Acupuncture and Homeopathy for Seasonal Allergy

Hopefully, you’ve tried some of the suggestions from the first and second parts of this series and are seeing the difference. In this part, let’s talk about two powerful approaches to alleviating seasonal allergies, Acupuncture and Homeopathy.


Acupuncture

Acupuncture is an ancient technique included in Traditional Chinese Medicine. It is based on the principle that everything in the universe, including our bodies, are composed of two opposing forces. When those forces are in balance, health is achieved. The energy in our bodies move along specific pathways called, meridians. If there is a blockage in the meridian impacting the flow of energy, compromised function, pain, and illness can occur. Acupuncture works by removing those blockages allowing a normal energetic state to return. The blockages are cleared by stimulating specific locations on the body called acupuncture points. Those points are usually stimulated by thin needles but can also be stimulated manually with pressure or with magnets.


When stimulating a point manually, apply firm pressure for 30 seconds. When using magnets, place the magnet on the point with the black magnet facing the skin on the right side of the body and the red magnet facing the skin on the left side. Leave the magnets in place for a minimum of 15-30 minutes. The magnets you're using need to be the same grade used for Biomagnetism. Acupuncture points are located at the same location on both sides of the body. Whether you choose to use pressure or magnets, stimulate the point on both sides of the body.


Although I love receiving acupuncture, I am far from an expert. I reached out to my friend and acupuncturist, Dr. Kathleen Murray for her approach to seasonal allergies. If you live in the Washington, D.C. or Baltimore areas I highly recommend reaching out to her. She is a skilled healer with potent, nourishing medicine and she holds a beautiful space for her patients.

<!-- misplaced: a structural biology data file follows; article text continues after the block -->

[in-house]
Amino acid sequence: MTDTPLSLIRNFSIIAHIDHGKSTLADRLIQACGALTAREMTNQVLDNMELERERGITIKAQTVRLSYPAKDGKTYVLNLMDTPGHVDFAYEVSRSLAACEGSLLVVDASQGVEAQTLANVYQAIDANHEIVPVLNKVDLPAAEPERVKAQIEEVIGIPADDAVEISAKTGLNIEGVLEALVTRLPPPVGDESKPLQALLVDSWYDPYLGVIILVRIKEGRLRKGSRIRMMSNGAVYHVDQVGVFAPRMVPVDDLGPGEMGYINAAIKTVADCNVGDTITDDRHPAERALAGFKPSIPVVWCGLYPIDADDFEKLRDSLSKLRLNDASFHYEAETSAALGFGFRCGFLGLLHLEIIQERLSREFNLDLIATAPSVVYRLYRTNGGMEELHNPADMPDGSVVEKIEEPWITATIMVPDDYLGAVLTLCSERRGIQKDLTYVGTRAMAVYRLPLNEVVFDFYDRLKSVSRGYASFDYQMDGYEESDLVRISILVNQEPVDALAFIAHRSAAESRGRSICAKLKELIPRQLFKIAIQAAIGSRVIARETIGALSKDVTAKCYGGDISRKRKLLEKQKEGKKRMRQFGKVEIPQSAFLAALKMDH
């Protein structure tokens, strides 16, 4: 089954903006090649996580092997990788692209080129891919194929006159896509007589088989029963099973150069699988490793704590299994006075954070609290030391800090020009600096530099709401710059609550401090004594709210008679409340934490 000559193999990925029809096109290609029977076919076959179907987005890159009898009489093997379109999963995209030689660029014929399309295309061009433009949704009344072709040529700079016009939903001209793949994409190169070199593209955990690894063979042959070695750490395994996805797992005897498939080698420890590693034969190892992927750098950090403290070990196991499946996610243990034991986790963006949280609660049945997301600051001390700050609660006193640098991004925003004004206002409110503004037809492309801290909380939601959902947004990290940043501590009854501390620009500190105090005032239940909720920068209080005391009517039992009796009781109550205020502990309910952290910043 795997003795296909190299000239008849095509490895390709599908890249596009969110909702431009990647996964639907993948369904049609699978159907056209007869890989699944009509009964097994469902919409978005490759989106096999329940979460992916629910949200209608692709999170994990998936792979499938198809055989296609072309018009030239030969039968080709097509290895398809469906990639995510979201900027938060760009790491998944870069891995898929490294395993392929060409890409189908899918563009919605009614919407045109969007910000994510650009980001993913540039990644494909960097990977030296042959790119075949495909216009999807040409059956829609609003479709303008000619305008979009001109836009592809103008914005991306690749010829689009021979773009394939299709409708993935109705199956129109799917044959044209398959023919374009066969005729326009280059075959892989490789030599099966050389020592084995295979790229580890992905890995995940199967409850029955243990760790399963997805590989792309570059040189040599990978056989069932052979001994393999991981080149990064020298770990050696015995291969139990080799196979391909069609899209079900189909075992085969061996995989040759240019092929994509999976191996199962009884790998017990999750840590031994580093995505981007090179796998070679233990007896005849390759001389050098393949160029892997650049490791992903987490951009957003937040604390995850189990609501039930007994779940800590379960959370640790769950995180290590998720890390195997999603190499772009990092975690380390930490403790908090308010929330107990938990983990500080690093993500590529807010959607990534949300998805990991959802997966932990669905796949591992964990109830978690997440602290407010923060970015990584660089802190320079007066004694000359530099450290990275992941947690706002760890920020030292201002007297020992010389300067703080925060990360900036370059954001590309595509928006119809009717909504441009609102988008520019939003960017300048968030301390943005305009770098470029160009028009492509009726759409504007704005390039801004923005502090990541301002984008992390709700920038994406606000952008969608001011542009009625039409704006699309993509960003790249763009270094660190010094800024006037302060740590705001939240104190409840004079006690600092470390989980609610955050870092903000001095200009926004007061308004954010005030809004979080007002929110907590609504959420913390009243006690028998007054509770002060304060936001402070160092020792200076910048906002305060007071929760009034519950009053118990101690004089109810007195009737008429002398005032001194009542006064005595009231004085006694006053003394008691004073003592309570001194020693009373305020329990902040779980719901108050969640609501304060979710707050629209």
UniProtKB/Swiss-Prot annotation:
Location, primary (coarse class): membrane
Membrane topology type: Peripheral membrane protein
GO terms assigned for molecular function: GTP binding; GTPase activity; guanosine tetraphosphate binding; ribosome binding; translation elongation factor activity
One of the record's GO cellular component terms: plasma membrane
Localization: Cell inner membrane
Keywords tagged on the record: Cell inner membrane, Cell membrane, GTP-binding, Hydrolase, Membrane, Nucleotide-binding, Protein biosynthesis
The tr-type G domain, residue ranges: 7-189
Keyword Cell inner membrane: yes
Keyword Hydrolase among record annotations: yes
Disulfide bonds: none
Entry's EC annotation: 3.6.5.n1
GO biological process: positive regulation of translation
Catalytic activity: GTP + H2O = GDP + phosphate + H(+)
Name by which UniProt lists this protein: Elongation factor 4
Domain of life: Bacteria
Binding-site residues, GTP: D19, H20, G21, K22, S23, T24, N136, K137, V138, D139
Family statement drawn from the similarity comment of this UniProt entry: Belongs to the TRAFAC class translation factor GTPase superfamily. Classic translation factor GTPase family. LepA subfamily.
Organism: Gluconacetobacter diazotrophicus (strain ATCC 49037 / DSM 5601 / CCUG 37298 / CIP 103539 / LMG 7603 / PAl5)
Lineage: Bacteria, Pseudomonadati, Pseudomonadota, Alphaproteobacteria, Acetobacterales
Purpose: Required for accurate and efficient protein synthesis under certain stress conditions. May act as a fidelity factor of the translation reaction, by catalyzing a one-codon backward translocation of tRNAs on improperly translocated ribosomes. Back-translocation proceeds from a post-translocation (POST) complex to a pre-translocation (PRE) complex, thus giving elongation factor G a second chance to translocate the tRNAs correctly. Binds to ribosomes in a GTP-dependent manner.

acupuncture point large intestine 20 (LI 20)
Large Intestine 20

Acupuncture Points to Try


Large Intestine 20 - In English, this point is called “Welcome Fragrance”. It opens your nose helping you to breathe easier and helps with itching and swelling in the face. The large intestine meridian is associated with “letting go”, releasing what no longer serves us. In this case we need to let go of sinus congestion.







Acupuncture point Lung 7 (LU 7)
Lung 7

Lung 7 - This is one of the most powerful points

along the lung meridian. Lung 7 is known to help with asthma, wheezing, persistent cough and any other lung complaint. It works by opening up the lungs allowing you

to breathe easier.








Acupuncture point Liver 3 (LIV 3)
Liver 3


Liver 3 - This is THE point for when we’re feeling cranky or irritable, and seasonal allergies can do that to the calmest of us. Liver 3 moves those emotions and helps the system as a whole to flow more smoothly and calmly.








Acupuncture point Kidney 3 (KID 3)
Kidney 3

Kidney 3 - If your allergies have you coughing, wheezing, nursing a sore throat, and unable to sleep try Kidney 3. It is known to address all those complaints and increases the body’s vitality.







Homeopathy

Homeopathic medicine or homeopathy is an alternative medicine developed by Dr Samuel Hahnemann, from Germany, in the early 1800s. It is based on the theory of “like cures like”. Meaning a substance that would normally make a healthy person sick, when given to a sick individual would relieve their symptoms. It is believed giving small doses of the substance that causes the disease will stimulate the body to heal itself. That reasoning may seem dubious, but it is analogous to how the body builds muscle. We lift weights to get stronger. The stress of the weight causes micro-tears. It is the repair of those tears that stimulates muscle growth and increases strength.